Nuremberg Chronicle, 1493,  Hartman Schedel, Wilhelm Pleydenwurff and Michael Wolgemut,  Wood block print on paper, Collection of Jack Shear 

The Nuremberg Chronicle is also referred to as the Liber Chronicarum (Book of Chronicles) or the Die Schedelsche Weltchronic (Schedel’s World History). The text is a universal history of the Christian world from the beginning of Biblical time until the 1490s. It is both a biblical paraphrase (a literary work in which the goal is not the exact replication of the Bible but a rendering that retells certain sections in accord with a particular theological argument) and a history of cities in both Europe and the Middle East. It was written in Latin by the physician and humanist Hartman Schedel and contains over 640 lavish woodblock print illustrations by the Nuremberg artists Michael Wolgemut and Wilhelm Pleydenwurff. The author and artists who created this incunable (a term for the earlist printed books, usually from the 15th century) weave stories from both sacred and profane time in order to create a cohesive flow of history. The moment featured here shows God creating the world.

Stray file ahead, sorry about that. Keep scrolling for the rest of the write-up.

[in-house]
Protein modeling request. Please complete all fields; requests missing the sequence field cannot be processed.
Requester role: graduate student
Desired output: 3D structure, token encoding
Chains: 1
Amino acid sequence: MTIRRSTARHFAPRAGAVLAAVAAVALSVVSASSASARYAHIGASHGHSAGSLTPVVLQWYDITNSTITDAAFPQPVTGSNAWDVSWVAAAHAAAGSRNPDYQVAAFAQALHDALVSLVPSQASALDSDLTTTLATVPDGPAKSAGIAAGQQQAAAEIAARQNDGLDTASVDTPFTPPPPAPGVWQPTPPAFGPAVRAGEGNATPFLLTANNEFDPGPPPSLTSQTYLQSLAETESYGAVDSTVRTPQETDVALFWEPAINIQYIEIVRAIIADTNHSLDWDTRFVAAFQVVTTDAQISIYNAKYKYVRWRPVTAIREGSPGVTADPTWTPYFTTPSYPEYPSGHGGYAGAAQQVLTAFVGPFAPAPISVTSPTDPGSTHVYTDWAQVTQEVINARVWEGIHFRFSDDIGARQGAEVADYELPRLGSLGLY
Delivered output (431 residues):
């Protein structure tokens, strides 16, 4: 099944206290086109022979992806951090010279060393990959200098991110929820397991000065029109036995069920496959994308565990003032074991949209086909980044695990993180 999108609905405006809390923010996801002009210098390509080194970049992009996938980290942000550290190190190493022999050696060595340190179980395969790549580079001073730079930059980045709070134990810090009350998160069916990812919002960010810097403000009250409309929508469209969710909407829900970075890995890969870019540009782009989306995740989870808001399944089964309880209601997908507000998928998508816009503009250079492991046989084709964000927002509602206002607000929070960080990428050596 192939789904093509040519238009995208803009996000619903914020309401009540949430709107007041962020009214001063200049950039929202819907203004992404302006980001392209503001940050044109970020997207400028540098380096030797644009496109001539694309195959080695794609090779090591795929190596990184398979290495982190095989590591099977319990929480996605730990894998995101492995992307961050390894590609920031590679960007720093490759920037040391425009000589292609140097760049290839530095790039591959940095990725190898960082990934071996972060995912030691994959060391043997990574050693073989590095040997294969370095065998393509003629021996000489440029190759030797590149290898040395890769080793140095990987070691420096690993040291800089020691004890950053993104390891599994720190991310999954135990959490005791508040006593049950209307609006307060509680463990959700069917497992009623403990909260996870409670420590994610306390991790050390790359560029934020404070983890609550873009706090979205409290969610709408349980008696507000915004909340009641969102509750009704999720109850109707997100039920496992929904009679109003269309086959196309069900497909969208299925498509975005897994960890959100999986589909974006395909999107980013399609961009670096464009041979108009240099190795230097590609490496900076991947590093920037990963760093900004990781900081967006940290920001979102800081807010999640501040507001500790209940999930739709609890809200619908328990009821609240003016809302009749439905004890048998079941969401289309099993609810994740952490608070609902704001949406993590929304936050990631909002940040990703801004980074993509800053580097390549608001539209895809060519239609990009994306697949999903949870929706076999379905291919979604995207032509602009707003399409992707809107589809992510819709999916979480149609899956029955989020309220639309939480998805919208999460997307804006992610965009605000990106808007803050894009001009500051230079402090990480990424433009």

Rachel Seligman

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